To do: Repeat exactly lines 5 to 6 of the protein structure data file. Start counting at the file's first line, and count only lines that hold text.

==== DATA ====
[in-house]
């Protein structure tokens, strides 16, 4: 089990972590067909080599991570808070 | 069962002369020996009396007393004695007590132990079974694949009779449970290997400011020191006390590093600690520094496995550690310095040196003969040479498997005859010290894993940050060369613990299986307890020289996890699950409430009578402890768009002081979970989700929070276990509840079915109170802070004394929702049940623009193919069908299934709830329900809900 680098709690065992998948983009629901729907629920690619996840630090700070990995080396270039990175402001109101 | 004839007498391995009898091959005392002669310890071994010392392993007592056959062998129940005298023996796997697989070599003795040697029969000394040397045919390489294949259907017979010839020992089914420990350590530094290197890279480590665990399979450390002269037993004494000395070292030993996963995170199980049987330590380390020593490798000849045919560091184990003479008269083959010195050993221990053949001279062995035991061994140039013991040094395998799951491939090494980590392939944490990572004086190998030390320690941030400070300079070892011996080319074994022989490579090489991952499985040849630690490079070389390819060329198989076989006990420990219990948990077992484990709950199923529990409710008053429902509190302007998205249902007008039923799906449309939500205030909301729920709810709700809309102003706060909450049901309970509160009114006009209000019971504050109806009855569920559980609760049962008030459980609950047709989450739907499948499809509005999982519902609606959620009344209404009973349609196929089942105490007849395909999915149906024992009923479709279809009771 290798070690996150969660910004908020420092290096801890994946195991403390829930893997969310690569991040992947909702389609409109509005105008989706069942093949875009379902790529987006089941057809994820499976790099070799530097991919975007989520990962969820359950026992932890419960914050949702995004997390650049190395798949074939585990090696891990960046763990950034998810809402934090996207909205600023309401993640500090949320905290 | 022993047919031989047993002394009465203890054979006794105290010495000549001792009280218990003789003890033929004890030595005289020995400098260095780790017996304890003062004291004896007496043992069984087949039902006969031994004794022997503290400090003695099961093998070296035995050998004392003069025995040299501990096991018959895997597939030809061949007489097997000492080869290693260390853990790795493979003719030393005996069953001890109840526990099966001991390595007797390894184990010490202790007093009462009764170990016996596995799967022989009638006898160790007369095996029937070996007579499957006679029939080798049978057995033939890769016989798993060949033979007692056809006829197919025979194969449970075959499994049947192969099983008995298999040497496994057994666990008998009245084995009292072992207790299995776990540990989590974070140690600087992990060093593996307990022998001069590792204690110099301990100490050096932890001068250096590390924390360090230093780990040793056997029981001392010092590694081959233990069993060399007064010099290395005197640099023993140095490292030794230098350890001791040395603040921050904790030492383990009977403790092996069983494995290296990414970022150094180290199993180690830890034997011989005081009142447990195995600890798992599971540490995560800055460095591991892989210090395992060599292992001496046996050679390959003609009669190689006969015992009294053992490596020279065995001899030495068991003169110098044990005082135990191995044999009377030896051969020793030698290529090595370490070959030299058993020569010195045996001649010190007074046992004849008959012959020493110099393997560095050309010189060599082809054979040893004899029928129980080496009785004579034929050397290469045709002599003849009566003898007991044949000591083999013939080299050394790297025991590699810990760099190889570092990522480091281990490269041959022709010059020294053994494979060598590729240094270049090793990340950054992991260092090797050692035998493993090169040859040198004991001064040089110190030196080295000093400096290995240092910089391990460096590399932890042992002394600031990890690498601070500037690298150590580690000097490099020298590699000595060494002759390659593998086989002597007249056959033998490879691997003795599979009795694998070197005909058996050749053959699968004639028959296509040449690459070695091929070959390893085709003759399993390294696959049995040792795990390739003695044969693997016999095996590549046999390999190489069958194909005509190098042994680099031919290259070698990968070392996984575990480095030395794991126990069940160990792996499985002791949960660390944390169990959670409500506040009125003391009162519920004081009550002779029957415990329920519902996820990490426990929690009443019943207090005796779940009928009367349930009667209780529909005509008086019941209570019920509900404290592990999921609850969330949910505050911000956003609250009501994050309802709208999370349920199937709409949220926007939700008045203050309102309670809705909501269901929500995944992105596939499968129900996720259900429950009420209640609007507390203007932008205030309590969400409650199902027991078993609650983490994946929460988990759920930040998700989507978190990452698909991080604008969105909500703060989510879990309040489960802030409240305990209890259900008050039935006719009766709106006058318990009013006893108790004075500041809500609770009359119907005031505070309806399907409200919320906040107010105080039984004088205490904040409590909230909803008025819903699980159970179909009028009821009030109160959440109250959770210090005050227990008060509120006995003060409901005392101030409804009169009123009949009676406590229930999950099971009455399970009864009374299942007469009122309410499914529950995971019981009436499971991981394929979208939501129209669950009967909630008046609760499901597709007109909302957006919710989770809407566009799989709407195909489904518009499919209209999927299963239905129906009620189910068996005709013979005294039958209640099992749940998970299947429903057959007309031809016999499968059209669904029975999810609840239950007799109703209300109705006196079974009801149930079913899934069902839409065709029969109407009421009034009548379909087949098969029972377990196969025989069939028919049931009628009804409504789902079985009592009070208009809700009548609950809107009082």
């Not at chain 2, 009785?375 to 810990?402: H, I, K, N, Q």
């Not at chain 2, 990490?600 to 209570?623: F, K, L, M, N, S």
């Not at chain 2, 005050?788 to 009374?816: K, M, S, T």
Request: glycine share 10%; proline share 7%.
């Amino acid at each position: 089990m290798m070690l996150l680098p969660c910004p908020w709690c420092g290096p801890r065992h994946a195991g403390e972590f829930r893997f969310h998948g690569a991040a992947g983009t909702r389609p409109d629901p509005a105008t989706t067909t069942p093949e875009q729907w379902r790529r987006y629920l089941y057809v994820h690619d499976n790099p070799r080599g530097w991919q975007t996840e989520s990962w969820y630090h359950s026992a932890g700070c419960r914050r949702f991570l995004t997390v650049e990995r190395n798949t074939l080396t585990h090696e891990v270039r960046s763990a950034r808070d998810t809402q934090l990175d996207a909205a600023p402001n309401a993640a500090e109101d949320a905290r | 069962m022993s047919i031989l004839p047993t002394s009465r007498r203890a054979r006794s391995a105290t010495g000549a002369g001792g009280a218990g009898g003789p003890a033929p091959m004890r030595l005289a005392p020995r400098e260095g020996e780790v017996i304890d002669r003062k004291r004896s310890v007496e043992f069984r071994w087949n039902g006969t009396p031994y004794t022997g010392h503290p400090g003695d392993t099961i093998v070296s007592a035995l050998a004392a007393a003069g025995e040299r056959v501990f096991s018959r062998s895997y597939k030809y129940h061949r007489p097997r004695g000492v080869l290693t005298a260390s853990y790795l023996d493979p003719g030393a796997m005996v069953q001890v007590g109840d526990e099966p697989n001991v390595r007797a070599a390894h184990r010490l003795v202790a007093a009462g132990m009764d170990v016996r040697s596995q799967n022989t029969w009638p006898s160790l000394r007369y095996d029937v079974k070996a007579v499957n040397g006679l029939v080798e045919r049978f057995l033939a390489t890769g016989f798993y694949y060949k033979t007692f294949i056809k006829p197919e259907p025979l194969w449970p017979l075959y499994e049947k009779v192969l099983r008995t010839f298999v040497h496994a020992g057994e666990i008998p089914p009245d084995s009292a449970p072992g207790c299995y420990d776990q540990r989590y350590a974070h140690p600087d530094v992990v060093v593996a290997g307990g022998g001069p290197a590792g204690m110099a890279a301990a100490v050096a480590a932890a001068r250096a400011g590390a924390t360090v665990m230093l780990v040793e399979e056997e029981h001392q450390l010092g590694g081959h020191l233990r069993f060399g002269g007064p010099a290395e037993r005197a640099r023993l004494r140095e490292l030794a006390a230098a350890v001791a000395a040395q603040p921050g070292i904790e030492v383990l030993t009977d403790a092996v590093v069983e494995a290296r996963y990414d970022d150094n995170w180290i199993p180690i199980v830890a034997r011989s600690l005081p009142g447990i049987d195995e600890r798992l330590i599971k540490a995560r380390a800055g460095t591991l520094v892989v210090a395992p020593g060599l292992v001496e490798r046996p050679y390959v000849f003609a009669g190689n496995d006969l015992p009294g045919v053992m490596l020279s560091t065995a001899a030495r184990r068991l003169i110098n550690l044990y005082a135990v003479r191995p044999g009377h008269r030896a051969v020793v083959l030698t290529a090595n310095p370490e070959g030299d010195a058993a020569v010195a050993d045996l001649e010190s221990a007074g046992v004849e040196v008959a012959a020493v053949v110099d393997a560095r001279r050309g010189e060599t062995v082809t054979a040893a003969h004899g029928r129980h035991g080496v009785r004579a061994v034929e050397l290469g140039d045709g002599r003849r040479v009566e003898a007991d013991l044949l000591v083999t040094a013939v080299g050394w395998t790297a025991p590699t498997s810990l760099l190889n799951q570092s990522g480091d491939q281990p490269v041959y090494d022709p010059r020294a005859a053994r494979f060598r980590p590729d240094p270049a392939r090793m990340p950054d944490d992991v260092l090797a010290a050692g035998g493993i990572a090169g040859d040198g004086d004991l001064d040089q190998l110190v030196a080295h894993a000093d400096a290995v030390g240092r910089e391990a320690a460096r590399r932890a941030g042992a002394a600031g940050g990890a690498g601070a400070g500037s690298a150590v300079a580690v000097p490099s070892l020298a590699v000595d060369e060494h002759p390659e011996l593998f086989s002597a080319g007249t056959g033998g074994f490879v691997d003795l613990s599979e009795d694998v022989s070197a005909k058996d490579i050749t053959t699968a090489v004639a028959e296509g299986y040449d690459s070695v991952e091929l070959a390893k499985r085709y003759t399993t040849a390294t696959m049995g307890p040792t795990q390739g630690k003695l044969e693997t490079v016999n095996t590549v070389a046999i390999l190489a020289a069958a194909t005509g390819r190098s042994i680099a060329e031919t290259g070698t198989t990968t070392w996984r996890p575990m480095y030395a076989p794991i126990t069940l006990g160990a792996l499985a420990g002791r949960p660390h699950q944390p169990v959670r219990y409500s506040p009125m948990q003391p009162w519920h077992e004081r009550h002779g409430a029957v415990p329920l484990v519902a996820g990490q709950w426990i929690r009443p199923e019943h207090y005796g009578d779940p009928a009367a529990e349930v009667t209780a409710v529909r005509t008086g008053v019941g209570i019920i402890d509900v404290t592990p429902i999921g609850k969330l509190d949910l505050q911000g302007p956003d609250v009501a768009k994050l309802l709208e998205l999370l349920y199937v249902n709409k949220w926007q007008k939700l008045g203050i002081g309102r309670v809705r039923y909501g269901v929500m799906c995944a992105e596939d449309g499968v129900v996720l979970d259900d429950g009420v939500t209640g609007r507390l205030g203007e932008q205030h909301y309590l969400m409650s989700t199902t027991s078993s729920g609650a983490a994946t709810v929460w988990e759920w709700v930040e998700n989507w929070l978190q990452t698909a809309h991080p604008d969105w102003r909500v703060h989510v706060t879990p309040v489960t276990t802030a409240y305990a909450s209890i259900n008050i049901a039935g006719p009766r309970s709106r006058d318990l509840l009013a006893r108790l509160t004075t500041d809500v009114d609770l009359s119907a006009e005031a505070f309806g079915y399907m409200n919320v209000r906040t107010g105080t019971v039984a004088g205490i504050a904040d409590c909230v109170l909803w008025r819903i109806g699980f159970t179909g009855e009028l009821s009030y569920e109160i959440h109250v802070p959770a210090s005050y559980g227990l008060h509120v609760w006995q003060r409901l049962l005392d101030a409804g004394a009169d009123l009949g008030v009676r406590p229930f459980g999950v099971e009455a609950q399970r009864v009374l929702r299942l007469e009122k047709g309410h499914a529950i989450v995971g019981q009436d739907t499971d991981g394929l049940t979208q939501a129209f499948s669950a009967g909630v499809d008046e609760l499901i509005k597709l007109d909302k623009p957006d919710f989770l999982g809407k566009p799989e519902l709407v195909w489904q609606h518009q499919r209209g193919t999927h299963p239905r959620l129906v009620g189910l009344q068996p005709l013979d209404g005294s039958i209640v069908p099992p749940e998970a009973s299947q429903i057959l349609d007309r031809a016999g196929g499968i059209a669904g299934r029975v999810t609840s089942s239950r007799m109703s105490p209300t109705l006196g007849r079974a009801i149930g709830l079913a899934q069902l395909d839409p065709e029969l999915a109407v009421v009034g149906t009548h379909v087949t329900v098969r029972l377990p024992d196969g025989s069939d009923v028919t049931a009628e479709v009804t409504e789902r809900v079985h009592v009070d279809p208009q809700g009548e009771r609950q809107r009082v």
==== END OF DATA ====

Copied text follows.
């Not at chain 2, 005050?788 to 009374?816: K, M, S, T």
Request: glycine share 10%; proline share 7%.